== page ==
Chemical elements
    Physical Properties
    Chemical Properties
      Indium Trifluoride
      Indium monochloride
      Indium dichloride
      Indium trichloride
      Indium oxychloride
      Indium monobromide
      Indium tribromide
      Indium oxybromide
      Indium mono-iodide
      Indium di-iodide
      Indium tri-iodide
      Indium perchlorate
      Indium iodate
      Indium sesqui-oxide
      Indium hydroxide
      Indium monosulphide
      Indium disulphide
      Indium sesquisulphide
      Indium trisulphide
      Basic indium sulphite
      Indium sulphate
      Indium sesquiselenide
      Indium selenite
      Indium selenate
      Indium telluride
      Indium silicotungstates
      Indium nitrate
      Indium phosphide
      Indium platinocyanide
      Indium oxalate
      Indium acetylacetonate
    PDB 1ind-1ind

Chemical Properties of Indium

Indium is unaffected by dry air at ordinary temperatures, but at a red heat it burns with a blue flame, producing the sesqui-oxide with the liberation of 1044.6 cals. of heat per gram of metal. It unites directly with sulphur and the halogens. It is unaffected by boiling water or potassium hydroxide, but dissolves in mineral acids. The action of nitric acid is slow, and ammonia is found among the reduction products of the acid. The potential differences between indium and molar, tenth-molar, and hundredth-molar solutions of indium trichloride are 0.094, 0.108, and 0.119 volts respectively at 25°, the metal being negative to the solution. The electrolytic solution-pressure of indium, 102 to 103 atmospheres, places it between iron and lead in the electromotive series.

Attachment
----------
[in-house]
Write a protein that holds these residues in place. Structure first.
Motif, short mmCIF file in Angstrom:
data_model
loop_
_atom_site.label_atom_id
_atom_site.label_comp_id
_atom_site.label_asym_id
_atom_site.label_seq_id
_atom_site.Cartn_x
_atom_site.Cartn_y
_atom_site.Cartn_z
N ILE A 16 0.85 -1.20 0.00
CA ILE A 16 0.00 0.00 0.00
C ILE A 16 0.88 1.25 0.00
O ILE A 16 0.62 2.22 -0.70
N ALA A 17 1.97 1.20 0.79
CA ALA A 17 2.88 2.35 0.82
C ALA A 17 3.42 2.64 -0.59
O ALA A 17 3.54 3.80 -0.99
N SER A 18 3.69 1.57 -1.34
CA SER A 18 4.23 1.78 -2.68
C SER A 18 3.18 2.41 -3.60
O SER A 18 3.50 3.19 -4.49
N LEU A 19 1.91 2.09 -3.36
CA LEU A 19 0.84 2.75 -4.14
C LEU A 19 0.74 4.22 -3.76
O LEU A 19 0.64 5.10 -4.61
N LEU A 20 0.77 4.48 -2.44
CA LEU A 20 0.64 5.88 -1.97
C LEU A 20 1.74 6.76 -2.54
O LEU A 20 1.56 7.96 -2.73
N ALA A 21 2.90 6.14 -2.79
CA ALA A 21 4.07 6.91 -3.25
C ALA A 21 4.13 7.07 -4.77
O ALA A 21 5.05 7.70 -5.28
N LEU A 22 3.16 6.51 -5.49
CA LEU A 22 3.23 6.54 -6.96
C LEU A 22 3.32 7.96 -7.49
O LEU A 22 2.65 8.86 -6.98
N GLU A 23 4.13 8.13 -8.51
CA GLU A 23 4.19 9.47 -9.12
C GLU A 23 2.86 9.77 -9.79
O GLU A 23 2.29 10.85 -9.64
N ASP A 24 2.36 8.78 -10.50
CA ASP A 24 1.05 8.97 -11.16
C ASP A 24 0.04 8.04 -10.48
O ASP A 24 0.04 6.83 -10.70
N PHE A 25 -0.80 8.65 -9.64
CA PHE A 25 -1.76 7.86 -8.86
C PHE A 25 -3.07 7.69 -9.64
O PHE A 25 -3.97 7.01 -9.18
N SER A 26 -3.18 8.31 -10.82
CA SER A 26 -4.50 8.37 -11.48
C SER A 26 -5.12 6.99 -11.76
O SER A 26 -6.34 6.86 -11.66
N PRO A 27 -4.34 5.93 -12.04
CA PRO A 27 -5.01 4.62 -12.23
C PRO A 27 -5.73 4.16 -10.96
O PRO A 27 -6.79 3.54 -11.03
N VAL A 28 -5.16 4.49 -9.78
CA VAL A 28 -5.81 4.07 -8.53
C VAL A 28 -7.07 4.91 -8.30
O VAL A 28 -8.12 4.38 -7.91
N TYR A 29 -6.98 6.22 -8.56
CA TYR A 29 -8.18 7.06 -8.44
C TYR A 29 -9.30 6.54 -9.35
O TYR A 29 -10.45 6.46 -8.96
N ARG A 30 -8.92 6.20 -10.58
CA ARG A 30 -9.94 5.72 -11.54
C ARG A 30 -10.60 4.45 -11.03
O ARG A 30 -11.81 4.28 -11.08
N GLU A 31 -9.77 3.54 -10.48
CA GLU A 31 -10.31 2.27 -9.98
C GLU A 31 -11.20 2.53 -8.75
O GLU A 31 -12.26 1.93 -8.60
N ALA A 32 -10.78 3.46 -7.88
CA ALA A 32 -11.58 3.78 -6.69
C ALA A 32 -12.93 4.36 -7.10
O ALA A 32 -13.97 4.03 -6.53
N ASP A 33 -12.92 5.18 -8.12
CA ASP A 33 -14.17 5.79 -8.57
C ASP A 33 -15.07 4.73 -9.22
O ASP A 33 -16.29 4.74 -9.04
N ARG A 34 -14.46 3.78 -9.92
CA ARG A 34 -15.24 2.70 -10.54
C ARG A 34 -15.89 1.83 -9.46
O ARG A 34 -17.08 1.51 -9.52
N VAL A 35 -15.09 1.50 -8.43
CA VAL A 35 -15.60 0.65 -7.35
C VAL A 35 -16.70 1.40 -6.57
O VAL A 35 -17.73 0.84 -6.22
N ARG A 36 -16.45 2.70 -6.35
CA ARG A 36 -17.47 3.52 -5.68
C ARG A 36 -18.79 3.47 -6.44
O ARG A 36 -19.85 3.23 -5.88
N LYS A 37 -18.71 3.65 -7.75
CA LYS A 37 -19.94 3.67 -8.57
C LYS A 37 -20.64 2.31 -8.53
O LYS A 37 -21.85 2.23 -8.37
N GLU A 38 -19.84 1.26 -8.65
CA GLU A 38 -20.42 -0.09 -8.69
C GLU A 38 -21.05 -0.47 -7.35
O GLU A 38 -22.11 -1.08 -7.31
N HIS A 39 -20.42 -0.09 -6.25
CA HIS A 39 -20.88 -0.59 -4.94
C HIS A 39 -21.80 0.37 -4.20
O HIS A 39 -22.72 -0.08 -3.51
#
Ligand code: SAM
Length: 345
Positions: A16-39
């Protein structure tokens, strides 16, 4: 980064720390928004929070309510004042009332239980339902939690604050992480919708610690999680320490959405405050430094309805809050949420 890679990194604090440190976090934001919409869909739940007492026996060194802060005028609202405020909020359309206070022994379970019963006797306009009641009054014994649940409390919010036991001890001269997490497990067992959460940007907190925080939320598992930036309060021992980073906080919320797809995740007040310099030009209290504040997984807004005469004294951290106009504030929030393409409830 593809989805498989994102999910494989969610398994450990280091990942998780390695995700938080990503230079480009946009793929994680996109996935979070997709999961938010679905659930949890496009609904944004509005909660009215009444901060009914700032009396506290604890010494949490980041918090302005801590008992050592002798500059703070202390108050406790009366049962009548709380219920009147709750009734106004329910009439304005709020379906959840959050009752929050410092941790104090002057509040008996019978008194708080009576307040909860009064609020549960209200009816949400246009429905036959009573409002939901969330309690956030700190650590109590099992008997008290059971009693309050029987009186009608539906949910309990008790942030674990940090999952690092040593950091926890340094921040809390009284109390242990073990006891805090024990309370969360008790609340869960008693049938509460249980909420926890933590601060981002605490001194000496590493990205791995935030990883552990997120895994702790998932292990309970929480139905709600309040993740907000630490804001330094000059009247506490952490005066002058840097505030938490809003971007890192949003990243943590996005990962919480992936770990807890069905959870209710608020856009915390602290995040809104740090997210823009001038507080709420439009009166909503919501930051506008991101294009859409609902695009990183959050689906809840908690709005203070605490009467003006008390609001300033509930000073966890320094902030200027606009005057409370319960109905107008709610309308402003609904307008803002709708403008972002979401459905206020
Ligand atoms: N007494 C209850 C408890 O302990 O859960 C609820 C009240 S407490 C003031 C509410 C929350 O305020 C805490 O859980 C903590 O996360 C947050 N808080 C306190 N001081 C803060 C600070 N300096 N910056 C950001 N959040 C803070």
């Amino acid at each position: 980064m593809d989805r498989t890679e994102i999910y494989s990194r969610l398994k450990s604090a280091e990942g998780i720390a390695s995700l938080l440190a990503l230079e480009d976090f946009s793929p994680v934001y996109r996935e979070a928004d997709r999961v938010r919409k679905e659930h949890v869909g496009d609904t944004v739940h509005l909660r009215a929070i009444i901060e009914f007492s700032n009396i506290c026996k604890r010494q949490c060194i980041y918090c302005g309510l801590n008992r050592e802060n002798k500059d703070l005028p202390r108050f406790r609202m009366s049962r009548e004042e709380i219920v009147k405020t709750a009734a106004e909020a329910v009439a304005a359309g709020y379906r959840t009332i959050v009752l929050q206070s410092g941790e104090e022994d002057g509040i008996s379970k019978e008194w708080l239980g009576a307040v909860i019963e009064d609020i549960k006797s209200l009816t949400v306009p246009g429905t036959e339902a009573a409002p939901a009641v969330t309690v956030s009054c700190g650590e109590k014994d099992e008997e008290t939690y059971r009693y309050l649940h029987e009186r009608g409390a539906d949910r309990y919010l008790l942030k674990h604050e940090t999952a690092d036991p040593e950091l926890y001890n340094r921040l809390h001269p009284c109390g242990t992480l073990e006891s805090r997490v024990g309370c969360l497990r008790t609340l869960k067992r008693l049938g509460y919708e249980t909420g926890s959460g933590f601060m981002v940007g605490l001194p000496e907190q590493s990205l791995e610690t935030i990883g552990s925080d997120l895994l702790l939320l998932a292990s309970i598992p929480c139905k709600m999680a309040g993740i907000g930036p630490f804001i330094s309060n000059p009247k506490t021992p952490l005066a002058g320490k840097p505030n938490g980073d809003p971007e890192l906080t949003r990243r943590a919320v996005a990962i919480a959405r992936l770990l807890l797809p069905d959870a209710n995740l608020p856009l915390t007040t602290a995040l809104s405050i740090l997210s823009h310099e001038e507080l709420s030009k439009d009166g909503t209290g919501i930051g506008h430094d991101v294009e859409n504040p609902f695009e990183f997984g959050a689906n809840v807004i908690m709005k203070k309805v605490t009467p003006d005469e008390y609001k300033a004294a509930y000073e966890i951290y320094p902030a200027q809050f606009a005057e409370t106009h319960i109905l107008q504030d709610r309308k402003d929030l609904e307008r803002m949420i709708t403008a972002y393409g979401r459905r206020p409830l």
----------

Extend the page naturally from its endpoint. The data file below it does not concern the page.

Compounds of Indium

Indium forms derivatives corresponding to the three types InX, InX2, and InX3 (X denoting a univalent acid radicle), but only the compounds of the last type are capable of existing in aqueous solution, in which they are appreciably hydrolysed. The solutions contain the colourless ion In•••. The ions In and In•• appear to be unstable and to undergo change as represented by the equations

conductivity comparison
Comparison of conductivities of indium chloride and bromide solutions with those of cadmium bromide and nitrate.
3In = In••• + 2In;
3In•• = 2In••• + In.

Thus the lower halogen derivatives of indium are decomposed by water, metallic indium being deposited.

The trihalides of indium appear to resemble the corresponding compounds of cadmium in their ability to form complex anions in solution, a resemblance which is not surprising since indium and cadmium occupy adjacent positions in the periodic table. The variation of the equivalent conductivity (A) with the cube root of the concentration (m, in gram-equivalents per litre) is shown for the four salts InCl3, InBr3, CdBr2, and Cd(NO3)2 in fig. The abnormally low values for A in solutions of moderate concentration is shown in each case except that of cadmium nitrate, and this salt does not form complex anions in solution. The low values for indium chloride are all the more remarkable since the data plotted refer to a temperature of 25°, the other data holding good for 18° C.
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